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Dr. Arnoldo Ventura, Chief Advisor for Science and Technology in the Office of the Prime Minister (OPM), has called on regional governments to utilize the use of science and technology in solving their developmental problems.
Speaking at the first biennial symposium on Science and Technology in Barbados on Tuesday (March 8), Dr. Ventura said “the production and employment of modern technologies offer opportunities to solve many extant problems that face societies like our own”.
Dr. Ventura, who spoke on the topic ‘The Knowledge Economy: An opportunity to defeat underdevelopment’ implored governments to invest in institutions that conduct scientific research, noting that this would require “dramatic shifts in economic, political, regulatory and civil imperatives”.
He lamented the lack of research in fields such as health in developing countries, where tropical diseases were among the greatest hindrances to development. He further noted the limited investment by regional governments in higher education, research and development and software, when compared to rich countries. “Rich countries invest about 5 per cent of their Gross Domestic Product (GDP), while poor countries invest a paltry 1 per cent,” he informed.
The Science and Technology Adviser said that in order to succeed, governments must develop institutions and skills to identify, collect and distribute global science and technology information for industrial, agricultural, service and social purposes; improve the education and skills of nationals; provide incentives for domestic entrepreneurs and researchers; build an infrastructure to effectively communicate, disseminate and process information; and value critical thinking and analysis.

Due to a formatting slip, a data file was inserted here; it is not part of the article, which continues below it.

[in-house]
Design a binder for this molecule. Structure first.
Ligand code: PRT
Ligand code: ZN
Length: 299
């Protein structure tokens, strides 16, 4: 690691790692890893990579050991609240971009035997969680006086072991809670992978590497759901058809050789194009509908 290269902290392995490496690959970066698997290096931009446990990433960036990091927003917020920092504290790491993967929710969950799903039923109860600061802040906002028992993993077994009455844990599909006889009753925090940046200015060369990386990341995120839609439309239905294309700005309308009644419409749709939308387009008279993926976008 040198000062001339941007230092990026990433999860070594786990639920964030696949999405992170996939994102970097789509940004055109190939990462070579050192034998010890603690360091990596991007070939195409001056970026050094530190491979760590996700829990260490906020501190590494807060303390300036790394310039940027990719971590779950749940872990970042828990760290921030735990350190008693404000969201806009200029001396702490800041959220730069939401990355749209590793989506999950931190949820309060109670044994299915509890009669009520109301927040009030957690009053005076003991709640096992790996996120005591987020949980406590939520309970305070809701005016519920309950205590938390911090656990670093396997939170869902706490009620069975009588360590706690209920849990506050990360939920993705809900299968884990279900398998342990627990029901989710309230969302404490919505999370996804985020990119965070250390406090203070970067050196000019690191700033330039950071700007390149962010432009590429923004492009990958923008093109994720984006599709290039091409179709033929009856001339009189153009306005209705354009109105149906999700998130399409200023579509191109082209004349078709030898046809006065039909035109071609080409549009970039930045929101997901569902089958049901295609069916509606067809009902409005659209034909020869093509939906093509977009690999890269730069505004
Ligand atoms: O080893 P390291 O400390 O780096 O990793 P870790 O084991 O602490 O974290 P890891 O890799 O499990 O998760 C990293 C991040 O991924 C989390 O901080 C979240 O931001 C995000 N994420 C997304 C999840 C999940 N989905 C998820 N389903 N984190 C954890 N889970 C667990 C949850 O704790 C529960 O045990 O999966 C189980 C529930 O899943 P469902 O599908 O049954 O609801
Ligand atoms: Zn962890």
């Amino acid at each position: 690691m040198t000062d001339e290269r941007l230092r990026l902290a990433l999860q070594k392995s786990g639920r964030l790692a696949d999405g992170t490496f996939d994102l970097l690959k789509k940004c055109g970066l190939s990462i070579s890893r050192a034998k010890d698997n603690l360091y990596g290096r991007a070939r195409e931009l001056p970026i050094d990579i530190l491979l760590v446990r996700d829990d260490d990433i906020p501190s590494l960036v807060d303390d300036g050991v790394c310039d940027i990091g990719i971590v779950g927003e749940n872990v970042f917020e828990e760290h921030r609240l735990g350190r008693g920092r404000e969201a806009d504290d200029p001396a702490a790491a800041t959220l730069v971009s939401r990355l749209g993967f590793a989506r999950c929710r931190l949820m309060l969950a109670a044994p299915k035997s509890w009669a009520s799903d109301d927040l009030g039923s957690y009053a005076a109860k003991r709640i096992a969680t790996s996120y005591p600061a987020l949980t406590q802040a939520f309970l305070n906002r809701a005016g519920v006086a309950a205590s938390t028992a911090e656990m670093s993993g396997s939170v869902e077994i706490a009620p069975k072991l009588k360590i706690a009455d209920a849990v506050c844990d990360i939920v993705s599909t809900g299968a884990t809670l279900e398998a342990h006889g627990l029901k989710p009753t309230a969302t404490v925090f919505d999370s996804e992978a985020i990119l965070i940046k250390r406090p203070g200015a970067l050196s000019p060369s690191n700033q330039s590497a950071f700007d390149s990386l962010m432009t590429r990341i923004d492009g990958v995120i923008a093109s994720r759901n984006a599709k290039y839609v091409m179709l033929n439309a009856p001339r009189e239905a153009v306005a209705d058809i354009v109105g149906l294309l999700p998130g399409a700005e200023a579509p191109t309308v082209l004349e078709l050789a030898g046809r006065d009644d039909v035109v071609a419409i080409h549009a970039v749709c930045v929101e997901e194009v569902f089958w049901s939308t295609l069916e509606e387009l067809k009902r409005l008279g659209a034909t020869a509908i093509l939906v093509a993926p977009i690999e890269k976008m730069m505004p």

He also urged regional governments to employ modern technologies such as biotechnology, bioinformatics, nanotechnology and information and communication technologies, to ensure socio-economic advancement and to craft a worthwhile future for the region.Dr. Ventura further called for new directions in research and development to improve productive gains, including making use of foreign research.
“As the knowledge economy grows within the context of expanding international trade and rapid information exchange, a country’s productivity gains also depend on the research and development results of trading partners and from other knowledge centres across the world,” he pointed out.
Dr. Ventura concluded by emphasizing that governments must “lay out the regulatory and legal framework as they build mechanisms to allow for the use of scientific knowledge”.